All the Cuba buzz these days is about Conan O’Brien, who broadcast his TV show last week from Havana -- the first time an American late-night talk show host has done that since 1959.
O’Brien called it part of the historic normalizing of relations taking place now between Cuba and the U.S. But while the spotlight was on the comic, there were more serious developments going on with respect to communism. Most surprising: One of the Cuban government’s official media outlets allowed citizens to take part in an online debate last week about how to democratize elections.
So are these signs that the Castro regime is loosening up? Or is it just another Cuban mirage? I sat down to explore that question with Ricardo Herrero who heads #CubaNow, a Miami group that represents a younger generation of Cuban-Americans and supports engagement with the island.
I have to confess, I didn’t think O’Brien’s Cuba show was all that momentous – and frankly, watching Americans do things like pose in front of vintage cars in Havana has already gotten tiresome. So what am I missing – why was this a big deal?
It further helps take the normalization of relations beyond politics into mainstream media. It helps concretize what is this normalization process in the eyes of everyday Americans.
The political issue in Cuba continues to be very dire, as well as the human rights situation, and I think these are things that are going to be front and center in our debate over Cuba policy.
But there is space for having American entertainers go there and engage with the Cuban people. It’s also an important part of the process of reconciliation between both countries.
Let’s move to the news that is potentially momentous: The official communist youth newspaper, Juventud Rebelde, hosted an online forum on elections, and people were allowed to call for reforms like direct and secret balloting. Where do you think this is headed?
The government announced that they are going to issue some sort of general election reform later on in the year. What that’s going to look like, nobody knows.
But what is interesting about this forum is that the [Cuban] state controls media very tightly – and they don’t let out anything unless they want to try to set expectations to some degree.
So the fact that you have young Cubans asking questions about whether there’s going to be direct, secret ballot elections – whether there’s going to be a process to be able to recall Cuban officials at the highest levels – that’s important.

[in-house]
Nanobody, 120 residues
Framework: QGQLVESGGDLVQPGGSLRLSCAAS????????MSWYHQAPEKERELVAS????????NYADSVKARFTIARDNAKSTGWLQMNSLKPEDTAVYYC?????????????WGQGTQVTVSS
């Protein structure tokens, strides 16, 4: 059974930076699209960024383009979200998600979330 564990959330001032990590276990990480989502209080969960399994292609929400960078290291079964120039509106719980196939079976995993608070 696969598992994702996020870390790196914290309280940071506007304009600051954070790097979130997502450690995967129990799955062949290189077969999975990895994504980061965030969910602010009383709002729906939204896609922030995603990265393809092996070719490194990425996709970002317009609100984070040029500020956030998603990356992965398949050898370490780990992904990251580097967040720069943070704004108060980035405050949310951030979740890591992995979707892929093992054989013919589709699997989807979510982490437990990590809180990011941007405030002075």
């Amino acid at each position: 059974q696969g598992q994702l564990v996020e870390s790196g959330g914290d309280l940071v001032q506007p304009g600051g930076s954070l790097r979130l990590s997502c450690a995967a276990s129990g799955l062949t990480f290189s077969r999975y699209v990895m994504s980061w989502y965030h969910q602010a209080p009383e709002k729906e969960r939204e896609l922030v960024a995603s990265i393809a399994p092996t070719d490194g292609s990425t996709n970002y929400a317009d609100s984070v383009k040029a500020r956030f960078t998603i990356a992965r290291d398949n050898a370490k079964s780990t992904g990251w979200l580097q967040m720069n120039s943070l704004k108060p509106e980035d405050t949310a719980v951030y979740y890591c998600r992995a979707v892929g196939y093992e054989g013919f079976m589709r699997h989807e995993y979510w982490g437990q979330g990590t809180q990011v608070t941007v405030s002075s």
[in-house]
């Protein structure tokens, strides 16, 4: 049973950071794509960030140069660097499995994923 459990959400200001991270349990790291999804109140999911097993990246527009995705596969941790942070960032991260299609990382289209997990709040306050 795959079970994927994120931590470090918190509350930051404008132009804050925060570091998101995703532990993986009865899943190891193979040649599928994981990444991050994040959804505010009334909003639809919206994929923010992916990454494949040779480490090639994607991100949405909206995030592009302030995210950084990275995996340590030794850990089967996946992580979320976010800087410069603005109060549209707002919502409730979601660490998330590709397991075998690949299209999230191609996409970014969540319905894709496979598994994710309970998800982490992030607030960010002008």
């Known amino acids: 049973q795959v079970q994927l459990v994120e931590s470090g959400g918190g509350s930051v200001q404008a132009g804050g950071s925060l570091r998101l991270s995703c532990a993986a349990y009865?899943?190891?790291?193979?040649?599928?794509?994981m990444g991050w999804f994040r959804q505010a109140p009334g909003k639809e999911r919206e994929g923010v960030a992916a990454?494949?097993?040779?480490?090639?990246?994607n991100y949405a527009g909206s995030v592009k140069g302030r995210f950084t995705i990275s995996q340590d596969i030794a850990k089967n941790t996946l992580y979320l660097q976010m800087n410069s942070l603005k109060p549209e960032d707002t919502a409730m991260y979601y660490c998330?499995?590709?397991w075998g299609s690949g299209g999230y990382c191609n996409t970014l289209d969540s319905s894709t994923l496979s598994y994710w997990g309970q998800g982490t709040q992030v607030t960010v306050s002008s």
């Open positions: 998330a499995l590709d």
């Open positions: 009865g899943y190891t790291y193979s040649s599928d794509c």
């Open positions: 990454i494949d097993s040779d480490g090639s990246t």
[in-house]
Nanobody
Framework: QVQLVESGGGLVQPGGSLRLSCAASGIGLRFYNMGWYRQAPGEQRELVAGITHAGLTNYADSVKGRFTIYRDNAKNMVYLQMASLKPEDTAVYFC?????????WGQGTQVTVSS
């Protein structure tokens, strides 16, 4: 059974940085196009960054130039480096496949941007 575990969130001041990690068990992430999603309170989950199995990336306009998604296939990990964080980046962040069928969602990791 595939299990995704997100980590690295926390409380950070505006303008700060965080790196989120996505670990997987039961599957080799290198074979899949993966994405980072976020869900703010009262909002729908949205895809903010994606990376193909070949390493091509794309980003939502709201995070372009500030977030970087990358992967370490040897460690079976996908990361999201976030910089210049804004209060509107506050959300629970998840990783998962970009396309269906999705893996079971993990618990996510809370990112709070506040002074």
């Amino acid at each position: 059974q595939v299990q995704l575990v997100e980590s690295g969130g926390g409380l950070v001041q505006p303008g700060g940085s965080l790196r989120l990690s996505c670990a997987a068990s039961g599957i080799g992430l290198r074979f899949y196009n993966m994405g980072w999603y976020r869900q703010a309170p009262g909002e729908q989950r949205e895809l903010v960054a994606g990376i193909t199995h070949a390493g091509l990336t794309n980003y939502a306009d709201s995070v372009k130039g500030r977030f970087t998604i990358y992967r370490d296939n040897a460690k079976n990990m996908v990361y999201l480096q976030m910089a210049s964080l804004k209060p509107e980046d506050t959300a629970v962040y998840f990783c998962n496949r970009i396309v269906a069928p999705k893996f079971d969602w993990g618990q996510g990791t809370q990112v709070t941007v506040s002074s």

What it ultimately leads to? I will never try to divine what exactly or where the Castro regime is leaning toward…
Nor would we ever ask anyone to dare do that…
…particularly in the political arena. But I think it’s interesting that they’re even allowing this conversation to happen in state-sponsored media.
How much of this stems from what looks increasingly like the U.S. State Department’s decision to take Cuba off its list of terrorism sponsors? I say that because Cuban officials are sending vibes that they’ve been told in private that this is going to happen.
Yeah, I don’t want to speculate on where exactly the process is. But it is interesting that in the lead-up to the second round of [normalization] talks [last month], there was almost a stand-off of sorts:
The Cubans were saying, "We’re not going to normalize relations until you get us off the state sponsor of terror list," and the Americans were saying, "The state sponsor of terror should be a separate topic." And after [that round of] talks, the general message was, "We’re working it out."
So, it seems like they made some progress, and I guess we’re going to find out in the days to come exactly what that was.
Conan O’Brien isn’t the only U.S. entertainer who wants to perform in Cuba now. Rapper Dr. Dre recently tweeted that he wants to do a concert there. And while this is all fun and good people-to-people exchange, it doesn’t obscure the fact that Cuba still has a lot to do on the democracy and human rights front.
What are the most important items?
An ongoing problem in Cuba is that they continue to detain dissidents and independent journalists left and right. Just last month in February we saw 492 of them detained. However, that is half the number that we saw last February . And already for 2015, the number of detentions up until the end of February is the lowest that we’ve seen since 2011.
So it’s too early to tell if this is indicative of a larger trend. But it’s something to monitor closely.
Tim Padgett is WLRN's Americas editor. You can read more of his coverage here.